Home / Microwaves / How to Use a Microwave Safely

 The microwave oven is an invaluable tool for the home cook.  It allows us to reheat and thaw food in a matter of minutes, but in order to get the best from them, it’s vital that a few basic safety measures are observed.  Let’s examine some of them.

Food Safety When Cooking with Microwaves

Just because you’re going to be cooking in a microwave doesn’t mean the usual rules of cooking safely don’t apply.  Harmful microbes are invisible and intangible but if they’re not accounted for during cooking, they can easily spread to contaminate food.

When you’re preparing food, you’ll need to be sure that all of the surfaces you use are properly cleaned, including the interior of your microwave.

It’s also essential that food is cooked through.  For larger cuts of meat you might want to lower the power and increase the time – to ensure the heat is spread as uniformly as possible.

When you’re cooking a microwavable meal, you might notice that added to the end of the cooking time is a ‘standing’ time.  This helps to ensure that the product is thoroughly cooked – so don’t be tempted to skip it!

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Microwave safety dos and don’ts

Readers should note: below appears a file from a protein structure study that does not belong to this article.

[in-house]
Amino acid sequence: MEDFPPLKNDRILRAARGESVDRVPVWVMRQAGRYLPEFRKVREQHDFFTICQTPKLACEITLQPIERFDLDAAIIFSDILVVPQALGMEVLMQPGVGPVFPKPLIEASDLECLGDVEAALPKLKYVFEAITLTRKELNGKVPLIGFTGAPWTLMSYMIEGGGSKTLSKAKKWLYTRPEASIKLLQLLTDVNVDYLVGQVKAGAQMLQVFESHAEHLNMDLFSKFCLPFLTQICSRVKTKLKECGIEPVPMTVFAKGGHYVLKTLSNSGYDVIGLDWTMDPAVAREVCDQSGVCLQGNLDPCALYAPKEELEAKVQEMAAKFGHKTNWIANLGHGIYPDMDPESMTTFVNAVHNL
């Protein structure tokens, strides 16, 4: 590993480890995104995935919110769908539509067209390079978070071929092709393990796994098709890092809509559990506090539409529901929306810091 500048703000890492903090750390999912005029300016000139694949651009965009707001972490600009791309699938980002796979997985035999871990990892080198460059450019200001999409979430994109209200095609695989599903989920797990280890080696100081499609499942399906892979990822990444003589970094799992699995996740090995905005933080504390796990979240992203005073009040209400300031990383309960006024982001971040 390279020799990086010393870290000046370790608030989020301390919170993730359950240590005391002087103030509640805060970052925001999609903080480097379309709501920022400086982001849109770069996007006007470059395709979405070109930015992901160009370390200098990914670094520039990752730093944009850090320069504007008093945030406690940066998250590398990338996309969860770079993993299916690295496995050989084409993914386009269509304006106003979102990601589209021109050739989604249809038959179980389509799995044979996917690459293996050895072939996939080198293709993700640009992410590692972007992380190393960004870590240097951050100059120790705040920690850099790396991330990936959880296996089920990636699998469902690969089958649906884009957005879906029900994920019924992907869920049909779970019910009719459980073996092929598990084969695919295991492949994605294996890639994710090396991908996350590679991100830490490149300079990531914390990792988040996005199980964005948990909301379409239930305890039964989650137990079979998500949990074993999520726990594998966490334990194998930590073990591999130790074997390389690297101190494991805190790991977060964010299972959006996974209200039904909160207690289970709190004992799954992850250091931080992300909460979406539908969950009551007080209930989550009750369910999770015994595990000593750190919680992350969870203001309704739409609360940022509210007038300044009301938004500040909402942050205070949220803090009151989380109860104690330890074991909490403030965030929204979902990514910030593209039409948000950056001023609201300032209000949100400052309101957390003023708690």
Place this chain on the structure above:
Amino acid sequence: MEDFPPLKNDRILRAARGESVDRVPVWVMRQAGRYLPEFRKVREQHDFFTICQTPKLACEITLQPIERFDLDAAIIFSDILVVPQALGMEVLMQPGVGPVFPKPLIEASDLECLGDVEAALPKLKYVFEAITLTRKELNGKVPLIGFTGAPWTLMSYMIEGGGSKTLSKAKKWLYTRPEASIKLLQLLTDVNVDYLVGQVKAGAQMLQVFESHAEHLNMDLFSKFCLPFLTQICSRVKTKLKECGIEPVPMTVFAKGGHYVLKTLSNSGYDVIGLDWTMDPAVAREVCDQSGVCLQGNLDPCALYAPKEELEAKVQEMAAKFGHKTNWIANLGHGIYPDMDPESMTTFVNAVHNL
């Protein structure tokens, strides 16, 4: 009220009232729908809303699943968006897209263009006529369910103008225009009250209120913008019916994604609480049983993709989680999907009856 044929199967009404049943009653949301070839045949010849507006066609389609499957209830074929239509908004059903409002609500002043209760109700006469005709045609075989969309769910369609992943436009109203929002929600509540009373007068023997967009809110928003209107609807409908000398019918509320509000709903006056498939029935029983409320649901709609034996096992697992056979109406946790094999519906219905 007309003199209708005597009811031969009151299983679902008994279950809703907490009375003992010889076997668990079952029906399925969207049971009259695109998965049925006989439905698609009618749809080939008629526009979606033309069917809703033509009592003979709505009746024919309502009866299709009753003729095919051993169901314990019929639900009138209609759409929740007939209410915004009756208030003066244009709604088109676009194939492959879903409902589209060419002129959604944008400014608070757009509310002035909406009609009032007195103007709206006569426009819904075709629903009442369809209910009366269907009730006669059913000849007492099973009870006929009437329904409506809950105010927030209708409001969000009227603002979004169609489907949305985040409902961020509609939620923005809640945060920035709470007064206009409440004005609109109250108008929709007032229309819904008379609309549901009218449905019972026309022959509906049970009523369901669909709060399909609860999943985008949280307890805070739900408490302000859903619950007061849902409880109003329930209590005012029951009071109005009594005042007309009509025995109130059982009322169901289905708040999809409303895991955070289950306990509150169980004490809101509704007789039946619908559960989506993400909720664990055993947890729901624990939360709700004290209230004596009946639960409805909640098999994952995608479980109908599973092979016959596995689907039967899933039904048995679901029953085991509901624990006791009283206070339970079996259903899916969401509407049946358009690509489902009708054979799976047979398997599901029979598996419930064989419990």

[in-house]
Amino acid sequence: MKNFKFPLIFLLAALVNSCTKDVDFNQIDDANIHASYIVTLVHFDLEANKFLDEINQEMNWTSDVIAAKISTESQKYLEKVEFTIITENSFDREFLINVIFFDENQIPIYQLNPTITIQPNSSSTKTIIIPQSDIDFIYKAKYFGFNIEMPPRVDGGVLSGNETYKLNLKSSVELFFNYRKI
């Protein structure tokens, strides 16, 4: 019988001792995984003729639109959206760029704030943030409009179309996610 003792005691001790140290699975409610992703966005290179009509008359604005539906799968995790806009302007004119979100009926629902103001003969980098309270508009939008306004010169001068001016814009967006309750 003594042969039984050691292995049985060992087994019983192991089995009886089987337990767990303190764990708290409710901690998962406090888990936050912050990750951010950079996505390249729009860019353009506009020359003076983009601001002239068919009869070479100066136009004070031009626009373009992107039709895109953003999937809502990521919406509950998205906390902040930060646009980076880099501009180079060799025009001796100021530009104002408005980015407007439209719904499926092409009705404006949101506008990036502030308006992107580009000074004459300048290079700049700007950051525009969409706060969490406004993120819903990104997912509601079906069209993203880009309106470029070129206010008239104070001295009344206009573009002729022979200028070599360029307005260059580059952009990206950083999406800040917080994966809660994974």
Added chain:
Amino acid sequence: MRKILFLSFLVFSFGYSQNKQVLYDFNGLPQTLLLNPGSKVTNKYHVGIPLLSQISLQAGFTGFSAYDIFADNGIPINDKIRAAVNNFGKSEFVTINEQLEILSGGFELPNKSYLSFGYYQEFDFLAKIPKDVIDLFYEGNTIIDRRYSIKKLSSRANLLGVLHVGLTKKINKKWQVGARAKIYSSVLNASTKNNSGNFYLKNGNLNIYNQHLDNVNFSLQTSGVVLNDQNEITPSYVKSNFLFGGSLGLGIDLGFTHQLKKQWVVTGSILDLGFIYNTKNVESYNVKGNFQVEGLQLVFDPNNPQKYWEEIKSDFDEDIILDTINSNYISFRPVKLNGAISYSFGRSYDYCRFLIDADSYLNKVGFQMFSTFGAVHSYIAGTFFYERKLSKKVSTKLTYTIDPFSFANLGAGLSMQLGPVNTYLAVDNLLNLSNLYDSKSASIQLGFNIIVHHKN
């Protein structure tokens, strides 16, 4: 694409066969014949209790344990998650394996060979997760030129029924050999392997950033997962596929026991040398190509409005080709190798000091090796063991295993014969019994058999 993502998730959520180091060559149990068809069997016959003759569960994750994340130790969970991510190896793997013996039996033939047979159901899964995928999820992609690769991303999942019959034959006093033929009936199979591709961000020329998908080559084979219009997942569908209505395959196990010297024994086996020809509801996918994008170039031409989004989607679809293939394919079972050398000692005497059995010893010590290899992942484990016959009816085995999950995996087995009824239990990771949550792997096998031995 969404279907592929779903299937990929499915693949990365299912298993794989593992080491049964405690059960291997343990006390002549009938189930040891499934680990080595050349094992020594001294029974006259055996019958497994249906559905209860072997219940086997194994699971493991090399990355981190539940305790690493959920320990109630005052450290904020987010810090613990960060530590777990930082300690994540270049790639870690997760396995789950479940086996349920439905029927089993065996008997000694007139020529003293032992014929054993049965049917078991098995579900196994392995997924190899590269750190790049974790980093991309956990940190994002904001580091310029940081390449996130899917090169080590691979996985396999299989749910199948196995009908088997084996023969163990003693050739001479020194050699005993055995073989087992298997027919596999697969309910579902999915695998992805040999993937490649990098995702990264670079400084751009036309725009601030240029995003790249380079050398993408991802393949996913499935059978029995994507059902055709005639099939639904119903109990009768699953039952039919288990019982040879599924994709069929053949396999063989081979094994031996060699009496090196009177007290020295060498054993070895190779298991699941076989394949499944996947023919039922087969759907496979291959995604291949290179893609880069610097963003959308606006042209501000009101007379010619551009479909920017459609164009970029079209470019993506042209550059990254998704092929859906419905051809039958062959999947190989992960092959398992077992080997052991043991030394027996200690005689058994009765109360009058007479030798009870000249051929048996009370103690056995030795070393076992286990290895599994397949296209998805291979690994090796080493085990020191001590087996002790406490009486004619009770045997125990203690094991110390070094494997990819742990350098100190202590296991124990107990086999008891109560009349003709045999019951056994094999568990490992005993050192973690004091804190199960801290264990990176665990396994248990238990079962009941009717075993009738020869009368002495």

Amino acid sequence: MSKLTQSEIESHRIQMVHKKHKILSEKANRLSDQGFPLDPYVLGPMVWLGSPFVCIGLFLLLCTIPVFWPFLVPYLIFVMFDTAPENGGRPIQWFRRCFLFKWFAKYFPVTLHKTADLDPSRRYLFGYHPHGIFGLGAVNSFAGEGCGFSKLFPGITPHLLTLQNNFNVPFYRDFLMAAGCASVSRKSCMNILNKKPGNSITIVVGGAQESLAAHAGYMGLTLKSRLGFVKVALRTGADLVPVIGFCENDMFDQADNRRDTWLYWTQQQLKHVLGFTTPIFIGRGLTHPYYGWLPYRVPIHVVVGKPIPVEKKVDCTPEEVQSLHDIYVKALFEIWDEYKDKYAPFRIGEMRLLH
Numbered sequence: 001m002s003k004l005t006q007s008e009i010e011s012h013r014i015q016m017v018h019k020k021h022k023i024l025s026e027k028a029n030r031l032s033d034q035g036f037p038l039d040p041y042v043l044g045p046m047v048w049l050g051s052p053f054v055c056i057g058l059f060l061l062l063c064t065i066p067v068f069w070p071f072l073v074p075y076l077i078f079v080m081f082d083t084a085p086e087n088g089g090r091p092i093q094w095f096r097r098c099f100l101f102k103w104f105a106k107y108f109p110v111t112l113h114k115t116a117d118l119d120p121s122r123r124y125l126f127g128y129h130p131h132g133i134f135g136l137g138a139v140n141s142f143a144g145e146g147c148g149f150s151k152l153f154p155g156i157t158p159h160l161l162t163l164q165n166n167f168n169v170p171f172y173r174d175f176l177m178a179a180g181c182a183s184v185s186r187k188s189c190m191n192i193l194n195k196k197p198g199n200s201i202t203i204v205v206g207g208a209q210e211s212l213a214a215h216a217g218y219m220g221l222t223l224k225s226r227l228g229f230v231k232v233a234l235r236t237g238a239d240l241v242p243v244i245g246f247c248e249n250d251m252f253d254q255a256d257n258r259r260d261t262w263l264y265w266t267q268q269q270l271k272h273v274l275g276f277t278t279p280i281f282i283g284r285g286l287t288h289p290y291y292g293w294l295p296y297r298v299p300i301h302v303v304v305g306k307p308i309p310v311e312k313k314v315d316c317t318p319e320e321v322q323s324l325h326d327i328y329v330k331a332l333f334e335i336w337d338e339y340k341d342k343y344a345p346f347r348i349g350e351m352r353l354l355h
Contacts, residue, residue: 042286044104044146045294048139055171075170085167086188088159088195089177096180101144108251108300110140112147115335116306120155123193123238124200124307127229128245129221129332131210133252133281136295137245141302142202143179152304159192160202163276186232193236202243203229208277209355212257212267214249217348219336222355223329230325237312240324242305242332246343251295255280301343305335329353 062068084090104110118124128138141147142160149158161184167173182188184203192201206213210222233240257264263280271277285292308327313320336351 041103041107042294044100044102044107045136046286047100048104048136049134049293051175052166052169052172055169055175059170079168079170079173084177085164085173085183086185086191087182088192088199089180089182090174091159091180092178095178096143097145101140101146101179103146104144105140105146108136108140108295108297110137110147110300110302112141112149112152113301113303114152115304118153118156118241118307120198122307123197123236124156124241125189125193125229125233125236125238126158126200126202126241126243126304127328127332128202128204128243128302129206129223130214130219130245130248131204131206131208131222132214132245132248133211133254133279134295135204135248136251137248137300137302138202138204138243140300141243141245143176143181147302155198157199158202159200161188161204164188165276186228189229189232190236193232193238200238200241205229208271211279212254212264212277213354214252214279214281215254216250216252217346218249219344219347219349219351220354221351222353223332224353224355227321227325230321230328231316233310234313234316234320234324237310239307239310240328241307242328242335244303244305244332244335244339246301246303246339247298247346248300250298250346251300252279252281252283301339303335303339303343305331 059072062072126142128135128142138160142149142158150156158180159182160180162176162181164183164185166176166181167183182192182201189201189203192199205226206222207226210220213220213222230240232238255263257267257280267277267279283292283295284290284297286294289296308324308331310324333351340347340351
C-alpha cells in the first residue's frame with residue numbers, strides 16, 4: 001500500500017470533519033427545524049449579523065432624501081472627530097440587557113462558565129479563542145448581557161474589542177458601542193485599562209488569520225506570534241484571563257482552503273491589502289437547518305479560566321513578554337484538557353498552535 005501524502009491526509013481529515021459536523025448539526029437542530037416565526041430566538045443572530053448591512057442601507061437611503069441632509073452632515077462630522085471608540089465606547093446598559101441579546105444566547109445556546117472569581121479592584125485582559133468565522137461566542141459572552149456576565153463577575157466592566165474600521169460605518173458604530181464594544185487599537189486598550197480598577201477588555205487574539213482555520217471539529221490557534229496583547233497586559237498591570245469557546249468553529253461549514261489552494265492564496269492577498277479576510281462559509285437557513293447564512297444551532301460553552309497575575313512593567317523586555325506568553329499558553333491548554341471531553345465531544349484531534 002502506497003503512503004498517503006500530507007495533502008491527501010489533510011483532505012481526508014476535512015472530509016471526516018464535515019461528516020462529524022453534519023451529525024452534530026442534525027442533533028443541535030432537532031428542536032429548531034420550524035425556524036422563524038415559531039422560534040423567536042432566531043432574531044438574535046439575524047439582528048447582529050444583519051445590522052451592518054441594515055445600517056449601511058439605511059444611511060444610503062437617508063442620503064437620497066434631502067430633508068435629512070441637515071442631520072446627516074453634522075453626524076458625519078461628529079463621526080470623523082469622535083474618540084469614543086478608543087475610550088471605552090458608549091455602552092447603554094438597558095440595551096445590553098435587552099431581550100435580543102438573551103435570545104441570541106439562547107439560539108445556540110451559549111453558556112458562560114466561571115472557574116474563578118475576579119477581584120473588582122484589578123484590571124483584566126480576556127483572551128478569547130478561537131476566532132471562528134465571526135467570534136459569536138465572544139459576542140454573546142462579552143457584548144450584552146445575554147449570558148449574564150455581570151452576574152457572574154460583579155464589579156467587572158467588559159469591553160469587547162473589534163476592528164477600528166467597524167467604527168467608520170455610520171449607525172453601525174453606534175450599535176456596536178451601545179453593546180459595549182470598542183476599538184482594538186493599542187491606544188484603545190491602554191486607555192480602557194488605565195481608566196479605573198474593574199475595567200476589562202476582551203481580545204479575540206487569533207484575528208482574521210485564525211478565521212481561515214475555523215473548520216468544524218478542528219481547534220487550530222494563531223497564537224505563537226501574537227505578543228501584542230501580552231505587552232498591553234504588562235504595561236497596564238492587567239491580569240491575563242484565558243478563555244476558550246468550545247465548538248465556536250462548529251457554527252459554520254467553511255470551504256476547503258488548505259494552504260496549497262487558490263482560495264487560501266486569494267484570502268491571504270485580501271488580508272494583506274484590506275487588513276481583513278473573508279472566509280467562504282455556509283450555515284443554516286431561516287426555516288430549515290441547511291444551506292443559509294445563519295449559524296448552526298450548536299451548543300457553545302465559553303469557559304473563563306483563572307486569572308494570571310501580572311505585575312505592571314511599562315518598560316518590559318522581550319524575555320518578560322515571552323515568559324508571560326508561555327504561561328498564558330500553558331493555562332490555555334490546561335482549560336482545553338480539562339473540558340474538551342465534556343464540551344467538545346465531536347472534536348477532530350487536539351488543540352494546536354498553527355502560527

• Do use materials designated as microwave safe. Even a small amount of aluminium foil can cause a dangerous spark and some plates might heat to the point they crack.
  • Don’t use the wrong types of foam plates.  Can foam go in a microwave?  Yes and no.  While some Styrofoam crockery will produce an unpleasant smell of molten plastic when they’re microwaved, others will cope perfectly well.  That said, it’s probably best in the long run to use ceramic plates and just do the washing up afterwards.
  • Don’t use cold storage containers like margarine tubs and yoghurt cartons.  Like some foam plates, these will melt slightly and produce an awful smell.
  • Don’t put newspaper in the microwave – while fish and chips traditionally come wrapped in newspaper, placing this packaging in a microwave will expose it to temperatures that will cause the ink to run.
  • Don’t use china plates with a metallic trim.  In order to create those attractive patterns, some china plates are made using metal parts which can cause sparks in your microwave.
  • Don’t eat any food from a container that looks warped after heating.  If the container can’t hold its shape, then it’s melting – which probably means that millions of particles of plastic have come away from the sides of the container and are now swimming around your jalfrezi.  Don’t take the risk – throw both the container and the food in the bin and make a mental note for next time!

Looking for a new microwave? You can view our combination microwaves heremicrowaves with grills here, and standard microwaves here. Didn’t answer your question? See if we have in one of our other guides:


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